That was a very long time ago. There is always more to say about such travels. I’m leaving a lot out. The travel back out of the jungle was not easy. Colombia was suffering through a civil war that had beleaguered the country for half a century. The Guaviare region was not a place for American students to linger. I never went back.  I gave my photographs to my Colombian friend to use in his research and to help with the story he was telling and the research he was conducting. I tucked the experience away. The past decades have not been good to the Nukak Maku. The civil war continued to flare and most of the Nukak, if not all of them have been driven from their ancestral lands.

I may have been with the Nukak Maku for five days, not even a full week. But the intensity of that experience brings those days back into my thoughts every time I walk onto an archaeological site. When I look at a lithic scatter in a plowed field, or hold an Early Archaic Kirk Point, or a Middle or Late Archaic Matanzas point in my hand I wonder how the lives of those ancient hunter-gatherers in the Ohio Valley compared to the last hunter-gatherers in modern South America. One observation that lingers in my mind is just how ephemeral the traces of the Nukak encampment were.  There was an older encampment not more than 50 yards from the Nukak camp where I stayed.  I barely noticed it. There were dried palm frond baskets on the ground surface, but nothing durable that would survive in the archaeology record.  And I was struck by the brevity of how long they stayed in any one location. They were encamped near our host settler family’s farm for less than a week. They left in part, so they told us, because of the smell and the bugs. As the days progressed at the camp, the fish and plant food remnants discarded around the outer edge of the camp site started to rot. I noticed the smell by the second day. A couple of days later the smell was a reek and the insects were growing into a swarm. They packed up and moved to another site because no sensible person would stay in those conditions.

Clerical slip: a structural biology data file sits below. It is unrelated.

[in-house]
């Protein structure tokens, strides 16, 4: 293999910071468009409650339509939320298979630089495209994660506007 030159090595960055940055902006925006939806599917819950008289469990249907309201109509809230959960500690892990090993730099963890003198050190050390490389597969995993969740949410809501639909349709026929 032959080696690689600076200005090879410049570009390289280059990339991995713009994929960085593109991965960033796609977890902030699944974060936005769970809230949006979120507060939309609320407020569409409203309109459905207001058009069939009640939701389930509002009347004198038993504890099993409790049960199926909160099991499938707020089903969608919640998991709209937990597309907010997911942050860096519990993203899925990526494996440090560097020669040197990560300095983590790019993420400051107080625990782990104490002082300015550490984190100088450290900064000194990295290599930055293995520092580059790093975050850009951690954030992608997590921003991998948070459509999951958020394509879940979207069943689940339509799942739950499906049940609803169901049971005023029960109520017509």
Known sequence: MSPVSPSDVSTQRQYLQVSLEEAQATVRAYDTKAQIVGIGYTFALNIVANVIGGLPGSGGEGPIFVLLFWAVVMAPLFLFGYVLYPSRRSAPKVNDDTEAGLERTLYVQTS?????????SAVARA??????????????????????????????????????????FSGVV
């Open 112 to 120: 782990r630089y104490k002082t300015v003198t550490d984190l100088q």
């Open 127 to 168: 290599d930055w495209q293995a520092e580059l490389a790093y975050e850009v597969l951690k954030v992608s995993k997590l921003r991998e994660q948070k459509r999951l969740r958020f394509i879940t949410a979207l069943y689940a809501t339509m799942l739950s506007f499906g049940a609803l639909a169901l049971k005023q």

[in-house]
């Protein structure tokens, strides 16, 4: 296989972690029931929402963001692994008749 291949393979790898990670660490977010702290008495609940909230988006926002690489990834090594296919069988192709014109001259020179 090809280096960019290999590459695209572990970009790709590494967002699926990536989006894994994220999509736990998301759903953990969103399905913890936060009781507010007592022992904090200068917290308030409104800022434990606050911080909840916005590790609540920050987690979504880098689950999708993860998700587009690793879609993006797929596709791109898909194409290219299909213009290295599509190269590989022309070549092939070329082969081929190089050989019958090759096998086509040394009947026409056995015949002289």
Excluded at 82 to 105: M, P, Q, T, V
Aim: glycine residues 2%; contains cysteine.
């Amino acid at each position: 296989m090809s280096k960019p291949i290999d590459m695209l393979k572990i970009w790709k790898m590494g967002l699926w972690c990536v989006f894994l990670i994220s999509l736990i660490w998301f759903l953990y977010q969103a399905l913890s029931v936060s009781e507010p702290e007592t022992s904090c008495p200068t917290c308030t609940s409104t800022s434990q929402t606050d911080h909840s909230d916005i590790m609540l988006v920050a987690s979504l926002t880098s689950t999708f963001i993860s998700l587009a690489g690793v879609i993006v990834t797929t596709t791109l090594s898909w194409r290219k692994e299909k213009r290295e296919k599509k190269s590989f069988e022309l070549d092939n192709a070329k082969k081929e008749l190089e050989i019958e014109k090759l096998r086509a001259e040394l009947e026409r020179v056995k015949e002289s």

There you have it. That’s the furthest place I’ve ever been. It took me further geographically than I have ever travelled. It also took me as far from late twentieth century post-industrial society as it was possible to go. The Nukak Maku are among the last people in history to live as hunter-gatherers, living the way that all of our ancestors lived for hundreds of thousands of years.  It is humbling to understand that. Our brief encounter gave me a clearer understanding of what our jobs as archaeologists are. We collect artifacts and excavate sites to gather data. This is true. But artifacts and archaeological data are tools we use to help us know our ancestors, to understand how they lived, and to equip us to tell their stories.  This is what we do.

By Michael W. French

Wood Environment & Infrastructure Solutions, Inc.